Born in Boonville, New York, on July 15, 1903, Walter "Wat" Dumaux Edmonds was an American author noted for his historical novels and children's books. In 1919, Walter began a longtime association with Harvard University when he enrolled in Choate Rosemary Hall. Though he had originally intended to study chemical engineering, he became more interested in writing, and worked as managing editor of the Literary Magazine, going on to edit The Advocate. He received his A.B. in 1926.
He published his first novel, Rome Haul, a work about the Erie Canal, in 1929; he followed this with a play,The Farmer Takes a Wife, in 1934, and the popular novel, Drums Along the Mohawk, in 1936. Both of these were later adapted for the screen, and Drums Along the Mohawk remained on the bestseller list for two years, second only to Gone with the Wind by Margaret Mitchell. Edmonds was eventually to publish thirty-four books, many intended for children, as well as several magazine stories. He won the Newbery Medal in 1942 for The Matchlock Gun and the National Book Award in 1976. He married Eleanor Stetson in 1930.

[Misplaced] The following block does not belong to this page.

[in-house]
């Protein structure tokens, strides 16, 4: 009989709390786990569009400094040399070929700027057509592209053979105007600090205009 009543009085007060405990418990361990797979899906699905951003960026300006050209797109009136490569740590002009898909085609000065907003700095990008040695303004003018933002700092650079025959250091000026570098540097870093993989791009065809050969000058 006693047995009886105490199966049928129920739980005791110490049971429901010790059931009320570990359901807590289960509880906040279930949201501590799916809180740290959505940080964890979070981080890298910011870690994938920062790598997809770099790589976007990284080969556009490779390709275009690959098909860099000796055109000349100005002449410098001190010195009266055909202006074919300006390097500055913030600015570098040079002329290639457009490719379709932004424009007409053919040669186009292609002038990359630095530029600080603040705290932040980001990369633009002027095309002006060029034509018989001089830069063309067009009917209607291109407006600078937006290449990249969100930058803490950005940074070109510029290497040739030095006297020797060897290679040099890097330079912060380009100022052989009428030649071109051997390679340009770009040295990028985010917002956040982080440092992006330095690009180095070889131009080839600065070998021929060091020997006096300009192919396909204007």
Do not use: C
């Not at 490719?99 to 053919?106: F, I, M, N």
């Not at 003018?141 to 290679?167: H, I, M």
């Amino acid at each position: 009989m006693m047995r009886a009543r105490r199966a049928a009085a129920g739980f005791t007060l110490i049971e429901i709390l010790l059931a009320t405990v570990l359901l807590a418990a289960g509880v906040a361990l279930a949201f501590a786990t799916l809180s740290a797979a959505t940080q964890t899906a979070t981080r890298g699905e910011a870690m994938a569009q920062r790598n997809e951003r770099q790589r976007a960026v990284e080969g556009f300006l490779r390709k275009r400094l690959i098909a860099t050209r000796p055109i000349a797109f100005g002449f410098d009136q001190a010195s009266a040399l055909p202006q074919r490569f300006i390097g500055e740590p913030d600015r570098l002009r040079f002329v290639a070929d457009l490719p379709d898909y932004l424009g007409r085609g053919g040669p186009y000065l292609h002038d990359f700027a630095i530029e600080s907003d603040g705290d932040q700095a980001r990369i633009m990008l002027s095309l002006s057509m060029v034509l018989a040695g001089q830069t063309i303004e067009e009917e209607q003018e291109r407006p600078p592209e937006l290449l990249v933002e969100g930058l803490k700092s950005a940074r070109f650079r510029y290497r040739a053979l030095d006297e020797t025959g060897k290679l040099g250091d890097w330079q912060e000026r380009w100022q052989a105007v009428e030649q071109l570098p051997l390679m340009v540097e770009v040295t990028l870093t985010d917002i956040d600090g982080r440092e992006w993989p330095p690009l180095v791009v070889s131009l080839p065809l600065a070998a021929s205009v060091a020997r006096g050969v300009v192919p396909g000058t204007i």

After Eleanor passed away in 1956, Walter remarried, to Katherine Howe Baker Carr; she died in 1989. Walter himself died in Concord, Massachusetts on January 24, 1998.
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